The Algerian government has started to feel the heat of the falling oil and gas revenues, as the country’s foreign exchange reserves are expected to further drop to $85 billion at best, barely enough to cover 18 months of imports.
The figure was recently announced by Algeria’s finance minister Abderrahmane Raouya who told MPs that the reserves will shrink to $76.2 billion by the end of 2020.
In the same vein, Algeria’s PM rang the alarm bell saying that Algeria faces “difficult conditions reflected in deficits affecting the budget and the balance of payments coupled with the erosion of foreign exchange reserves.
With the slump in oil prices, which account for 94% of Algeria’s exports, the rest of the country’s economy can’t generate the foreign exchange needed to pay for imports.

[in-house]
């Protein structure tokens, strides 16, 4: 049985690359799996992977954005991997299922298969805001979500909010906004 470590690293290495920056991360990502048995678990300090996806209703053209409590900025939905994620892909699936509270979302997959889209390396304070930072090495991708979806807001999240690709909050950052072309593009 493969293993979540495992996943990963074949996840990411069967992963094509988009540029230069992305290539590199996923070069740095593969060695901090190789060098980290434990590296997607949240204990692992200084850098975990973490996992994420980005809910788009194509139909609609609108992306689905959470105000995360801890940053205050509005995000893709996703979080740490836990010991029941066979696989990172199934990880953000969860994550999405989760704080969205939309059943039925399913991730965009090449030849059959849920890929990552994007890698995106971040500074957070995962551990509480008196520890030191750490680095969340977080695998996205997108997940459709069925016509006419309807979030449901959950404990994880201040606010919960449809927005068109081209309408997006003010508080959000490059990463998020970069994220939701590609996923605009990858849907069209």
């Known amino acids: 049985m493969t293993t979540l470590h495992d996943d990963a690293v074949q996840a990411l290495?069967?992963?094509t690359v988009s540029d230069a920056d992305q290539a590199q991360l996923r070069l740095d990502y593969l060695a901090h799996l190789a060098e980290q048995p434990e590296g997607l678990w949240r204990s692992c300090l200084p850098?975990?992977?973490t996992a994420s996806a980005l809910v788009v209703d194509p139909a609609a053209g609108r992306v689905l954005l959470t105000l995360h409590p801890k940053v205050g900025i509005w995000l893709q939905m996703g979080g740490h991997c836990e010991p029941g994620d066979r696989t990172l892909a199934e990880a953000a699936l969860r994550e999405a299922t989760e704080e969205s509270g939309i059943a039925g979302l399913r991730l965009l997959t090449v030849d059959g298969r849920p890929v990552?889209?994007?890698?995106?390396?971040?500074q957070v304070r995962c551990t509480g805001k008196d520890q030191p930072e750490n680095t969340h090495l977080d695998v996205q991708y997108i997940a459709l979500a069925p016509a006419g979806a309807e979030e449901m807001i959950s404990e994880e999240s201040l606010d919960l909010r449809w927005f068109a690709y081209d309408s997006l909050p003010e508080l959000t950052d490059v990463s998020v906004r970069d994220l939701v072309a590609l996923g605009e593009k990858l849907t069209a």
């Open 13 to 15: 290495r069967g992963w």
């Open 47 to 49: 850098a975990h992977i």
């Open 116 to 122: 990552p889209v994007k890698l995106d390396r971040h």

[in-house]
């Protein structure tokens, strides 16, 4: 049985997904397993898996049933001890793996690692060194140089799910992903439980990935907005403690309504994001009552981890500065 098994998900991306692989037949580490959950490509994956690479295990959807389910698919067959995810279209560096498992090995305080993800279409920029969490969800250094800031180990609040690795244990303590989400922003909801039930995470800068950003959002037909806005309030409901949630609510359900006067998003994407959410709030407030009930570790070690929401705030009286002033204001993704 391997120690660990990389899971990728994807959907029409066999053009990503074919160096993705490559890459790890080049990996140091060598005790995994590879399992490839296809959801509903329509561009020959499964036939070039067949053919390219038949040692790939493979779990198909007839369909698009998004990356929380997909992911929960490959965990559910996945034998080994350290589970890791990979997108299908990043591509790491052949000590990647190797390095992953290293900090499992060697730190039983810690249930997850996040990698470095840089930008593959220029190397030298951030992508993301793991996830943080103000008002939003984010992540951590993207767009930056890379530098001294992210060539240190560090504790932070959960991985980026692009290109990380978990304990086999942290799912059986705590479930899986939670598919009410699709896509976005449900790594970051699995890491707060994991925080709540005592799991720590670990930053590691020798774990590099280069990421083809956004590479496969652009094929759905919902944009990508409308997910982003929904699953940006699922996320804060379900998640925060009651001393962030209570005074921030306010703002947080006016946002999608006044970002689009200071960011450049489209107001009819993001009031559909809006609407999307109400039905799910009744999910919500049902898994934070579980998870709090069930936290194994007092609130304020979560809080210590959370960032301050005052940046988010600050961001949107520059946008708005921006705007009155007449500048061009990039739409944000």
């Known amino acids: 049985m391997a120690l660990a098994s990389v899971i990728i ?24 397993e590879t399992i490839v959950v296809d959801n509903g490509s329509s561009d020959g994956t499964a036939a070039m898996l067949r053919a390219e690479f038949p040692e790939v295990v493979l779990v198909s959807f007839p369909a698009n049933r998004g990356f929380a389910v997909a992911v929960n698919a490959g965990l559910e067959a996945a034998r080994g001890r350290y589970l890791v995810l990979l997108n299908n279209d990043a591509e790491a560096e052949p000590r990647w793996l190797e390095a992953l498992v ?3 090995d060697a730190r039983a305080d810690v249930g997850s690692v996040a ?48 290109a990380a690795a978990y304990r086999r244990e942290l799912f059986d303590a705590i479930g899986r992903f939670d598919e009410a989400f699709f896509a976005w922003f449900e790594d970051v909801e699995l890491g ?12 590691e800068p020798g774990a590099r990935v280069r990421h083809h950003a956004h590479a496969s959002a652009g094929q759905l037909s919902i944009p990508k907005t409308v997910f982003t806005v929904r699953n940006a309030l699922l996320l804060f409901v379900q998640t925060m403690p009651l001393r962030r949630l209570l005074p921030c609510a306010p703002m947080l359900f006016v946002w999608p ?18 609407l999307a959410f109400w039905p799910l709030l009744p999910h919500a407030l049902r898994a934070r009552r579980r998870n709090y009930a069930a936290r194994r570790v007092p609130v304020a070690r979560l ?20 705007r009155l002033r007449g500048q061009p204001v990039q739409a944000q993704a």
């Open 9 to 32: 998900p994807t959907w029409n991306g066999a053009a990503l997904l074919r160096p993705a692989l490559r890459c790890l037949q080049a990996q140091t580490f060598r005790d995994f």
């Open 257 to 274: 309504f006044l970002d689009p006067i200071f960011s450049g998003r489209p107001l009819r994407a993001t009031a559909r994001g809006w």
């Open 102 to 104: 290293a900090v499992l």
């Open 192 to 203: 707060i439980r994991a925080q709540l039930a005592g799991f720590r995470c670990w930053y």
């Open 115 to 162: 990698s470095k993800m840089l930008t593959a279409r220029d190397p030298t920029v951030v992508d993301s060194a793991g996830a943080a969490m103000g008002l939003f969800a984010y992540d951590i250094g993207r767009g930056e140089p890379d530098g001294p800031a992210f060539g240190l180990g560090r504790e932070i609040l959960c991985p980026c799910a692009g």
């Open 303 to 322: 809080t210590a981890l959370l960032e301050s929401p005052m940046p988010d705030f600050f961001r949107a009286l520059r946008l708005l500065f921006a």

Therefore, the government has taken measures to restrict imports of 30 goods, such as cars, some food products and raw materials. It targeted a reduction of $15 billion this year.
As a result of the recent cuts, imports reached $38.18 billion in the first 10 months of 2017, down just 1.8 percent from the same period in 2016. Food imports actually rose, by 4.5 percent to $7.12 billion.
However, analyst see the government’s import restriction policy as doomed to fail due to the lack of domestic production.
Importers have warned that limiting imports on such vital products as medicine will result in serious shortages. Queues already started in front of some pharmacies where citizens line up to buy rare medicine.